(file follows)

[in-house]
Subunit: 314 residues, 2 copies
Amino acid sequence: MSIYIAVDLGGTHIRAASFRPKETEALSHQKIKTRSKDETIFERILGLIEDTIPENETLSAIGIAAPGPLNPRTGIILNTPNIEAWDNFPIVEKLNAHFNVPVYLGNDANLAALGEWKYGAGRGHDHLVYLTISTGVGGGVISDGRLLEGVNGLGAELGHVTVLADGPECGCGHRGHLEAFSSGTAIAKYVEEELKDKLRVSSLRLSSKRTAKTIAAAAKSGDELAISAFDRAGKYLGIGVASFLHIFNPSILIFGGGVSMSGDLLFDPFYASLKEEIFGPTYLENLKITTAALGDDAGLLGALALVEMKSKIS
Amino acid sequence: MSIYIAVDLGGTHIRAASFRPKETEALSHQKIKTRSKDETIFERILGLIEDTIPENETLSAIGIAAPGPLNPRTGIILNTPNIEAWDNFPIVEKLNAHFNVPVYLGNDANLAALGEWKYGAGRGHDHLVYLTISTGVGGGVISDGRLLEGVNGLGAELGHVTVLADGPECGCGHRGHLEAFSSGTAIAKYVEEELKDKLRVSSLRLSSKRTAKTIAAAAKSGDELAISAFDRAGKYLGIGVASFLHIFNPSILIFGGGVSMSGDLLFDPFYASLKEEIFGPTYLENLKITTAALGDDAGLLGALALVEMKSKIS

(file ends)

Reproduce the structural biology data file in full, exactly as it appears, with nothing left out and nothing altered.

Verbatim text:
[in-house]
Subunit: 314 residues, 2 copies
Amino acid sequence: MSIYIAVDLGGTHIRAASFRPKETEALSHQKIKTRSKDETIFERILGLIEDTIPENETLSAIGIAAPGPLNPRTGIILNTPNIEAWDNFPIVEKLNAHFNVPVYLGNDANLAALGEWKYGAGRGHDHLVYLTISTGVGGGVISDGRLLEGVNGLGAELGHVTVLADGPECGCGHRGHLEAFSSGTAIAKYVEEELKDKLRVSSLRLSSKRTAKTIAAAAKSGDELAISAFDRAGKYLGIGVASFLHIFNPSILIFGGGVSMSGDLLFDPFYASLKEEIFGPTYLENLKITTAALGDDAGLLGALALVEMKSKIS
Amino acid sequence: MSIYIAVDLGGTHIRAASFRPKETEALSHQKIKTRSKDETIFERILGLIEDTIPENETLSAIGIAAPGPLNPRTGIILNTPNIEAWDNFPIVEKLNAHFNVPVYLGNDANLAALGEWKYGAGRGHDHLVYLTISTGVGGGVISDGRLLEGVNGLGAELGHVTVLADGPECGCGHRGHLEAFSSGTAIAKYVEEELKDKLRVSSLRLSSKRTAKTIAAAAKSGDELAISAFDRAGKYLGIGVASFLHIFNPSILIFGGGVSMSGDLLFDPFYASLKEEIFGPTYLENLKITTAALGDDAGLLGALALVEMKSKIS